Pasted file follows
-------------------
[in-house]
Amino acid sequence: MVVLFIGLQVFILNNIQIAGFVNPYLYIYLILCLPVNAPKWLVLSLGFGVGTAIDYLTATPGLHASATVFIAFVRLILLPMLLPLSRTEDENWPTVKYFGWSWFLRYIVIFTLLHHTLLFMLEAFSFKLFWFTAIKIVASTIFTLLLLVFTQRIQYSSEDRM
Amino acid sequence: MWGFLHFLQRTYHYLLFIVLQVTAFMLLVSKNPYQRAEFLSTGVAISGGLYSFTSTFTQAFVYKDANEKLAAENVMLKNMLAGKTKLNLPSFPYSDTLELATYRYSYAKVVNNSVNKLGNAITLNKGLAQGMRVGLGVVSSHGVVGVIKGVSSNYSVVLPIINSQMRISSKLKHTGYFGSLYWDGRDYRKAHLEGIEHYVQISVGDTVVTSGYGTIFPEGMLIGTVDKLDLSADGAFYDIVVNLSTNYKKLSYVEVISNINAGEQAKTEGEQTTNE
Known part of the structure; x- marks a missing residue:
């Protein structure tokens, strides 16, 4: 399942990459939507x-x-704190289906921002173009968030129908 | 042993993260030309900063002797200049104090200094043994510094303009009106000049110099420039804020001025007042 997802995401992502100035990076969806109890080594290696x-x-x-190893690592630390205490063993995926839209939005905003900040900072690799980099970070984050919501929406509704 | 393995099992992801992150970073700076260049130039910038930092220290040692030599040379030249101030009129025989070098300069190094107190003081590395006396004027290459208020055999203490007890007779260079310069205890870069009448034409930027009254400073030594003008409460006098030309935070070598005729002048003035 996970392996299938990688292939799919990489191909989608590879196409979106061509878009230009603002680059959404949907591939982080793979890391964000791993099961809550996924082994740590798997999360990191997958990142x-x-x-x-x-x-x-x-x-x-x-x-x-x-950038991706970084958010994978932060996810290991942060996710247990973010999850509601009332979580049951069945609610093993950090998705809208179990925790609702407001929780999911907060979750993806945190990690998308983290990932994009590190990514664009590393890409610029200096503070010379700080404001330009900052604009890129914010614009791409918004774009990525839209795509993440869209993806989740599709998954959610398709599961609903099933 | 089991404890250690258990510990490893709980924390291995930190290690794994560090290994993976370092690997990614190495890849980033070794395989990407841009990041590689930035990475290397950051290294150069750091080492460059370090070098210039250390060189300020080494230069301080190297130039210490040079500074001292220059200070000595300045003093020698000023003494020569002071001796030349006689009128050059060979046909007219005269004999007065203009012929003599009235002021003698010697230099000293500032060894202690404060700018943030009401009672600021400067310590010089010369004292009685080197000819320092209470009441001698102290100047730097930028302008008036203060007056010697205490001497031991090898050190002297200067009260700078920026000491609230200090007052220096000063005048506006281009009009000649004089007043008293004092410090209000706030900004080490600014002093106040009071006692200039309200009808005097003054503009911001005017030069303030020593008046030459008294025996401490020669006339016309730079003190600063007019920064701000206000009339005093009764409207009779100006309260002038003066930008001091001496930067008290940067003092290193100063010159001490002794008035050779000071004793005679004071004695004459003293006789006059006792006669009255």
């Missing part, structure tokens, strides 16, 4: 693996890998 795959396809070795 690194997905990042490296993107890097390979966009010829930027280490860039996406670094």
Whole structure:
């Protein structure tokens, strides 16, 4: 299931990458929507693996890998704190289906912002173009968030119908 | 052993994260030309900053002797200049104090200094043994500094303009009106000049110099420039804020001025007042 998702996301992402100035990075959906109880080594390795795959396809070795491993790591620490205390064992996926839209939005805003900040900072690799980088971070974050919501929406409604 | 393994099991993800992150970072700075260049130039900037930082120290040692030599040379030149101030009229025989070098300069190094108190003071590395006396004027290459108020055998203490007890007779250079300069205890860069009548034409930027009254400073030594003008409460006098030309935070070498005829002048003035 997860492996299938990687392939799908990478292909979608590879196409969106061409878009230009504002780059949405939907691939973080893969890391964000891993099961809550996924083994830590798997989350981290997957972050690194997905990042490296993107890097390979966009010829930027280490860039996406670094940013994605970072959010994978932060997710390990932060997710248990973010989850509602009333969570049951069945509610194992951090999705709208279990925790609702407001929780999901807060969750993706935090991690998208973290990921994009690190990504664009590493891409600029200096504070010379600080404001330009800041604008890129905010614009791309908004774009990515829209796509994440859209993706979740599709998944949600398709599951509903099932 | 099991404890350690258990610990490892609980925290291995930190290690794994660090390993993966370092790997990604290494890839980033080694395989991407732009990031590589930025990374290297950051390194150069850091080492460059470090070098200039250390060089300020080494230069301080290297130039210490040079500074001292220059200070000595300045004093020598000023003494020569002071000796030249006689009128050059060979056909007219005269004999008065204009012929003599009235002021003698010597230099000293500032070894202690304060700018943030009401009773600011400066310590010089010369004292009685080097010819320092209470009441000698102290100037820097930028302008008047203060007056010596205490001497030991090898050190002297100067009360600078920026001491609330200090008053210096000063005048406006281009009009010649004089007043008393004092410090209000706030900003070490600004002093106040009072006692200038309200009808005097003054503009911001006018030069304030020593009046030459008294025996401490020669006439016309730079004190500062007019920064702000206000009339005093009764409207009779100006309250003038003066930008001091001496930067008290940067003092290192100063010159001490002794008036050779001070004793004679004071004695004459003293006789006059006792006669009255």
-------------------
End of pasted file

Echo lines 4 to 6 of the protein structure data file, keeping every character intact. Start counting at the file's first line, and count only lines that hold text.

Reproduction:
Known part of the structure; x- marks a missing residue:
């Protein structure tokens, strides 16, 4: 399942990459939507x-x-704190289906921002173009968030129908 | 042993993260030309900063002797200049104090200094043994510094303009009106000049110099420039804020001025007042 997802995401992502100035990076969806109890080594290696x-x-x-190893690592630390205490063993995926839209939005905003900040900072690799980099970070984050919501929406509704 | 393995099992992801992150970073700076260049130039910038930092220290040692030599040379030249101030009129025989070098300069190094107190003081590395006396004027290459208020055999203490007890007779260079310069205890870069009448034409930027009254400073030594003008409460006098030309935070070598005729002048003035 996970392996299938990688292939799919990489191909989608590879196409979106061509878009230009603002680059959404949907591939982080793979890391964000791993099961809550996924082994740590798997999360990191997958990142x-x-x-x-x-x-x-x-x-x-x-x-x-x-950038991706970084958010994978932060996810290991942060996710247990973010999850509601009332979580049951069945609610093993950090998705809208179990925790609702407001929780999911907060979750993806945190990690998308983290990932994009590190990514664009590393890409610029200096503070010379700080404001330009900052604009890129914010614009791409918004774009990525839209795509993440869209993806989740599709998954959610398709599961609903099933 | 089991404890250690258990510990490893709980924390291995930190290690794994560090290994993976370092690997990614190495890849980033070794395989990407841009990041590689930035990475290397950051290294150069750091080492460059370090070098210039250390060189300020080494230069301080190297130039210490040079500074001292220059200070000595300045003093020698000023003494020569002071001796030349006689009128050059060979046909007219005269004999007065203009012929003599009235002021003698010697230099000293500032060894202690404060700018943030009401009672600021400067310590010089010369004292009685080197000819320092209470009441001698102290100047730097930028302008008036203060007056010697205490001497031991090898050190002297200067009260700078920026000491609230200090007052220096000063005048506006281009009009000649004089007043008293004092410090209000706030900004080490600014002093106040009071006692200039309200009808005097003054503009911001005017030069303030020593008046030459008294025996401490020669006339016309730079003190600063007019920064701000206000009339005093009764409207009779100006309260002038003066930008001091001496930067008290940067003092290193100063010159001490002794008035050779000071004793005679004071004695004459003293006789006059006792006669009255």
């Missing part, structure tokens, strides 16, 4: 693996890998 795959396809070795 690194997905990042490296993107890097390979966009010829930027280490860039996406670094």